Top ACA-repeal takeaways from the week: 1) AHCA passed in the House by a 217-213 vote; 2) The McSally Amendment, which prevent Members of Congress and their staff from being exempt from the State waiver provisions of AHCA passed in the House by a 429-0 vote; 3) the Senate has made clear they will write their own bill and take their time; 4) OMB Director Mulvaney is unsure if CSR payments will continue beyond May.
American Health Care Act –
On May 4, the House passed the American Health Care Act (AHCA) by a 217-213 vote with 20 Republicans voting against the bill and 0 Democrats voting in favor of it. Republicans garnered support the past couple weeks with the inclusion of two major amendments:
- The MacArthur amendment allows states to waive essential health benefits, age rating, and community rating. Health insurers would not be allowed to deny coverage based on gender or preexisting conditions, and states must explain how the waiver will reduce average premiums for patients, increase enrollment for residents, stabilize the state’s health insurance market, stabilize premiums for individuals living with preexisting conditions, or increase patients’ health plan options.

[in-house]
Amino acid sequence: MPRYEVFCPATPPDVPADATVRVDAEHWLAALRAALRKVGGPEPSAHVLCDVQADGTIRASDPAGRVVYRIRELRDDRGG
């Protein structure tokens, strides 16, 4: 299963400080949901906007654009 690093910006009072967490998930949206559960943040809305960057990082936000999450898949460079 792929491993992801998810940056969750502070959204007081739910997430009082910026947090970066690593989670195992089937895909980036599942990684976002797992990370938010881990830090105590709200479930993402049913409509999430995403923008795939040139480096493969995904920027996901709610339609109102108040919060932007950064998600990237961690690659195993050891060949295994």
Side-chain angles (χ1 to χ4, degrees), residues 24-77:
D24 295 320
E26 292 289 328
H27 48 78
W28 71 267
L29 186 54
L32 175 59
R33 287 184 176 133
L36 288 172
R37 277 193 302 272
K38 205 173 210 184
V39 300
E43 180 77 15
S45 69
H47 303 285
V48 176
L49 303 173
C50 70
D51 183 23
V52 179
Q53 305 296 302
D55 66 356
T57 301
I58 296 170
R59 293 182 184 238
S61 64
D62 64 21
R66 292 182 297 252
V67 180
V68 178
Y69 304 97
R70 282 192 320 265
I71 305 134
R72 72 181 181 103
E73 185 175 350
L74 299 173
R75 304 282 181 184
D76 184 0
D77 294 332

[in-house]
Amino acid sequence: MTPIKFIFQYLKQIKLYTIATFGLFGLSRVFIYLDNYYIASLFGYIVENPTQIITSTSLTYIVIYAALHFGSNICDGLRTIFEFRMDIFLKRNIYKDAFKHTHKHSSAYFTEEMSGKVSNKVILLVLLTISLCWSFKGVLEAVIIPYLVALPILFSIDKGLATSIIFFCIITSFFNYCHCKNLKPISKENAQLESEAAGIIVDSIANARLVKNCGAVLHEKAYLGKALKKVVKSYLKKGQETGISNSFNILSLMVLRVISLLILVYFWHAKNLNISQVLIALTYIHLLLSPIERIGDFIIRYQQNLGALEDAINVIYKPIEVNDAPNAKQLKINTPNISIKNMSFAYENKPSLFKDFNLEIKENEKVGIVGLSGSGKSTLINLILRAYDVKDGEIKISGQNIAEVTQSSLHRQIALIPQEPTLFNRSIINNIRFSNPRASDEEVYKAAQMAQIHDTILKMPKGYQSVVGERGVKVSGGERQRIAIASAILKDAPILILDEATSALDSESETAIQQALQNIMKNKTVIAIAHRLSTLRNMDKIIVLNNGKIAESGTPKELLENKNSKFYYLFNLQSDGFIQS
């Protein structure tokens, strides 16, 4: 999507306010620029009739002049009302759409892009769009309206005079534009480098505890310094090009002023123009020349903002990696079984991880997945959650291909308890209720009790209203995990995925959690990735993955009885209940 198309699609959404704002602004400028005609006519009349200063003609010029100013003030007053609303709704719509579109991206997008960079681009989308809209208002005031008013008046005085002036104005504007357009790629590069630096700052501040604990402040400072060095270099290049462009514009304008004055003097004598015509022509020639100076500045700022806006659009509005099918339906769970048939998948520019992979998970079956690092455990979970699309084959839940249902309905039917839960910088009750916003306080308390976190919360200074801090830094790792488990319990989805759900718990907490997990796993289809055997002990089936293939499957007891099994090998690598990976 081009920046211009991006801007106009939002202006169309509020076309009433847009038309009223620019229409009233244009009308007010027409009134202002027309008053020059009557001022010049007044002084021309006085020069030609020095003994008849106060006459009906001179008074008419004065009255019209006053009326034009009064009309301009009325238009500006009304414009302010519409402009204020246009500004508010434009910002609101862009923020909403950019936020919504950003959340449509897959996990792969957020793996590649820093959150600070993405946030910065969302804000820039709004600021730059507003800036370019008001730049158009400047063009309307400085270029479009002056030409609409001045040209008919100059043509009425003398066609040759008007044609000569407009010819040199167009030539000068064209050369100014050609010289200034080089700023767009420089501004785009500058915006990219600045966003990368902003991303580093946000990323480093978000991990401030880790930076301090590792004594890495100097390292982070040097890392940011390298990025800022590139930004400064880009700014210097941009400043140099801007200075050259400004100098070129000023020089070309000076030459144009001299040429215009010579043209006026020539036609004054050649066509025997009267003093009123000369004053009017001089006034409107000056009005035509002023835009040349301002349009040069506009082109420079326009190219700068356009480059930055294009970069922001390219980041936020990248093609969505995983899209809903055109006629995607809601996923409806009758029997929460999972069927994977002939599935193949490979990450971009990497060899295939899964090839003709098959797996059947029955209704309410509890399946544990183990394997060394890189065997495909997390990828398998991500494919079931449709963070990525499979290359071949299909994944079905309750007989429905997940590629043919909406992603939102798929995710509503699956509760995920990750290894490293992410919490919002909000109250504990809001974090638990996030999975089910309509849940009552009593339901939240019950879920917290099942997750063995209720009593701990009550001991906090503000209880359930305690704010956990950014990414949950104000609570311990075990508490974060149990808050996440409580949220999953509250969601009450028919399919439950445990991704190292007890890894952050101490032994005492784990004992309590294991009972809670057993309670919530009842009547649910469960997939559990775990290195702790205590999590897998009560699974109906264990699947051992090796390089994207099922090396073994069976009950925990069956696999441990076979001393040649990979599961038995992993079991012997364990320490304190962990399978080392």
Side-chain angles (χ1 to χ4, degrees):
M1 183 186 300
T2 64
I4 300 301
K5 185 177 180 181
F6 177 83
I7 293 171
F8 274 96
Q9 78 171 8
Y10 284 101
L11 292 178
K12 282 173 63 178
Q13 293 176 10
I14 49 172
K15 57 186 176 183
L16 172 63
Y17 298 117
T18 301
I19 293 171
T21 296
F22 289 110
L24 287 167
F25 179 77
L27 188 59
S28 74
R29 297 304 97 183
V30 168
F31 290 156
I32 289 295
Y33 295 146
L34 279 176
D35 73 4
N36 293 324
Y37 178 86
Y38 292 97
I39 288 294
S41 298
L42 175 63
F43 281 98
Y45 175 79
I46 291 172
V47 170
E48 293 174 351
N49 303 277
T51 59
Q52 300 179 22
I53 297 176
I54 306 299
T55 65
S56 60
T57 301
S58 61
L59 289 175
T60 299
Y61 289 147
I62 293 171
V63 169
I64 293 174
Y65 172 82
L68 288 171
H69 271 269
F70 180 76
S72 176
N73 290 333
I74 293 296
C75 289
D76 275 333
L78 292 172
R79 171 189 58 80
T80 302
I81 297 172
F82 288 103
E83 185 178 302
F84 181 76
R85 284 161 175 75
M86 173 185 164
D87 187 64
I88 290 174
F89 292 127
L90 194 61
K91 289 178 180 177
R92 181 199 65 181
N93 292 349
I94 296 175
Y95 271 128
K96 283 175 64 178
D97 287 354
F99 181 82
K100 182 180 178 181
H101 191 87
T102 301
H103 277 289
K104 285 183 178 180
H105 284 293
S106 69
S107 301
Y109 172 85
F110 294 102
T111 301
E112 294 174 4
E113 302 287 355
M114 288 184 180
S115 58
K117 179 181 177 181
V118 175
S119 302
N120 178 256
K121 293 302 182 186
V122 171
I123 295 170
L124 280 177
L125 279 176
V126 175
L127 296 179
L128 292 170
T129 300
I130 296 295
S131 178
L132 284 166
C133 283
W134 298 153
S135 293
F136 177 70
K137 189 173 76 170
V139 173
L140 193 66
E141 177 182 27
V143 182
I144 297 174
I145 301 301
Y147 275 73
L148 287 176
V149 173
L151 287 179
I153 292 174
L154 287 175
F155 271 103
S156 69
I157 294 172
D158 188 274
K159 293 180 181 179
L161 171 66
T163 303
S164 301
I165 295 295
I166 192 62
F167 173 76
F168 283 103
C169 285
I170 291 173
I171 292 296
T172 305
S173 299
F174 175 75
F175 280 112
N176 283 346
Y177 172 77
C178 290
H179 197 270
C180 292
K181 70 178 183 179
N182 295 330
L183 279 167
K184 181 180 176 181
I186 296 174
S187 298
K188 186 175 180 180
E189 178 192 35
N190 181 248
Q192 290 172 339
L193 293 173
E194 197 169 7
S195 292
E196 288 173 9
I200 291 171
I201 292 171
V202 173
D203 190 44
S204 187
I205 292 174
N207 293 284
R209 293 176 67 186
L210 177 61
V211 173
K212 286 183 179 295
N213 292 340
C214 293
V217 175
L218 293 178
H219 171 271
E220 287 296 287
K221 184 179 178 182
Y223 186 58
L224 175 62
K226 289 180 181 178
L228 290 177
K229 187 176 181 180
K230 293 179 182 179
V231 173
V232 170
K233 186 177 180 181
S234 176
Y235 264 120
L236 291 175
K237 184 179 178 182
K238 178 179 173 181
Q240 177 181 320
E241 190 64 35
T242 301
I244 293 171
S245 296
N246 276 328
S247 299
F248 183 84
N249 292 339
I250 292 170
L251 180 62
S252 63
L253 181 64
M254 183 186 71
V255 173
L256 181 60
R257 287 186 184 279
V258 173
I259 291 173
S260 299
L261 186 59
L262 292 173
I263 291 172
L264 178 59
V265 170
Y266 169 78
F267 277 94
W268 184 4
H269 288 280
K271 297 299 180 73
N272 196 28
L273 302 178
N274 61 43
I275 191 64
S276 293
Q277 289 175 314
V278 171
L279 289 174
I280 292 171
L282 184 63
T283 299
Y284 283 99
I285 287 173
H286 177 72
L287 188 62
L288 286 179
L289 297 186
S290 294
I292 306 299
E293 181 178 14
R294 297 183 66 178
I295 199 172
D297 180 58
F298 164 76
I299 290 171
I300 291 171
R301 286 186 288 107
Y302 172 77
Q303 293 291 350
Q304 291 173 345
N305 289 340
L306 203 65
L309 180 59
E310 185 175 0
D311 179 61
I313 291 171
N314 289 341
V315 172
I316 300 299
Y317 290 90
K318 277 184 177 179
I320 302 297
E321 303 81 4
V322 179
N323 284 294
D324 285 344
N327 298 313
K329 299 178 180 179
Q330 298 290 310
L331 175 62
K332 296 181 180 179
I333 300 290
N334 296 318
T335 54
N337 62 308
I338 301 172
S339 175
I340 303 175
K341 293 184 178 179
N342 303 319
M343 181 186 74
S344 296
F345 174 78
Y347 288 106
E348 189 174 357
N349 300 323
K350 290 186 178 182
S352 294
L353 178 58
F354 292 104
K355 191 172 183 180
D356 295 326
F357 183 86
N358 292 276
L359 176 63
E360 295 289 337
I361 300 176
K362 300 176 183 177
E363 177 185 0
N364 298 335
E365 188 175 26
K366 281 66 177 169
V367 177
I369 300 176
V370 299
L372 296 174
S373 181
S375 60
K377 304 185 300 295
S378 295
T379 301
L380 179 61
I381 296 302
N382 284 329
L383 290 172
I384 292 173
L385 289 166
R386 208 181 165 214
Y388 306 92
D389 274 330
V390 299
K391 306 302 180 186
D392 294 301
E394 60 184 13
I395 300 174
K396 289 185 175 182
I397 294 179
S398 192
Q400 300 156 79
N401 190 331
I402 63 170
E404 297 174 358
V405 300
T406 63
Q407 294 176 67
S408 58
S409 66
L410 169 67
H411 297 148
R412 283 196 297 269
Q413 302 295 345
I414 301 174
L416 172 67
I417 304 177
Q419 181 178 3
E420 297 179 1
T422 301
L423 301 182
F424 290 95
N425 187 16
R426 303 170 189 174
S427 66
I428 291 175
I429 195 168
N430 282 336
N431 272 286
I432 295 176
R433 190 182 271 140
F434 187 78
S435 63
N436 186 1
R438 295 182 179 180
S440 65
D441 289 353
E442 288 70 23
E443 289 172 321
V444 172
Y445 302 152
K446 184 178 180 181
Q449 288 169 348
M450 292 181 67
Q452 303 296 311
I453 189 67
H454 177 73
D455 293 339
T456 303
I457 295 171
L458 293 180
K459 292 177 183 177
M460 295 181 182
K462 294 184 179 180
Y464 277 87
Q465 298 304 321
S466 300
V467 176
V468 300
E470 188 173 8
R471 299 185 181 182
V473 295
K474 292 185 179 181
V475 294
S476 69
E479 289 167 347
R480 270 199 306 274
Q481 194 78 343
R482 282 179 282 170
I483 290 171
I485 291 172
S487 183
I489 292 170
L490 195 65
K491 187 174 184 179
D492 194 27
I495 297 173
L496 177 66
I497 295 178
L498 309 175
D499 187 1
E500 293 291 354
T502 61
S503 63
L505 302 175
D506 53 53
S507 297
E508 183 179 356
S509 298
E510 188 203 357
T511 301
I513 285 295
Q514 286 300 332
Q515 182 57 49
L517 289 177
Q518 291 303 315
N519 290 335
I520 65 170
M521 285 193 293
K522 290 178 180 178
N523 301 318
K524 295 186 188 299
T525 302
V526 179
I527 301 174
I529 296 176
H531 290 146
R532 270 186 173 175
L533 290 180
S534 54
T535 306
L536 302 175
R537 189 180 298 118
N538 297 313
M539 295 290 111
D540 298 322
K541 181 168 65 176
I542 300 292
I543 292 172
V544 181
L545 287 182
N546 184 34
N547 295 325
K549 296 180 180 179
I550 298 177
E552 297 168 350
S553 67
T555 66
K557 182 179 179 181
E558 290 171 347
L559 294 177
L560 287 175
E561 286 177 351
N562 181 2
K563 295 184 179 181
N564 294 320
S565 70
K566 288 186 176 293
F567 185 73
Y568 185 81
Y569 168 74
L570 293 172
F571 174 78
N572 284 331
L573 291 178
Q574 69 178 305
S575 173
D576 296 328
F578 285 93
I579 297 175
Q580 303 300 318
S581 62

- The Upton amendment increases the Patient and State Stability Fund by $8 billion. This fund gives states with an approved waiver, as established by the MacArthur Amendment, support to fund risk pools or reinsurance for patients with preexisting conditions.
The bill, as amended, has not yet received a score from the Congressional Budget Office.
Additionally, the House passed by a 429-0 vote the McSally Amendment (H.R. 2192), which would eliminate the exemption of Congress from the AHCA.
Though it is unclear what actions the Senate will take on the AHCA, shortly after the House passed the AHCA, Sens. Heller (R-NV) and Portman (R-OH) both released statements indicating that they would not support the bill in its current form. Senator Rand Paul is also opposed to the bill in its current form.
Cost-Sharing Reduction Payments
While the Trump Administration has previously said that they will continue cost-sharing reduction (CSR) payments, White House budget director Mulvaney told reporters at a briefing this week that he is unsure of whether they will continue. A spokesman for Mulvaney later clarified, indicating that May’s payments would be made but no decisions have been made beyond that.
FY 2017 Appropriations
The FY 2017 spending package passed both the House and Senate this week. The bill will now be sent to President Trump’s desk to sign into law. The bill included notable provisions, such as allocating funding for Puerto Rico’s Medicaid program and no inclusion of CSR payments.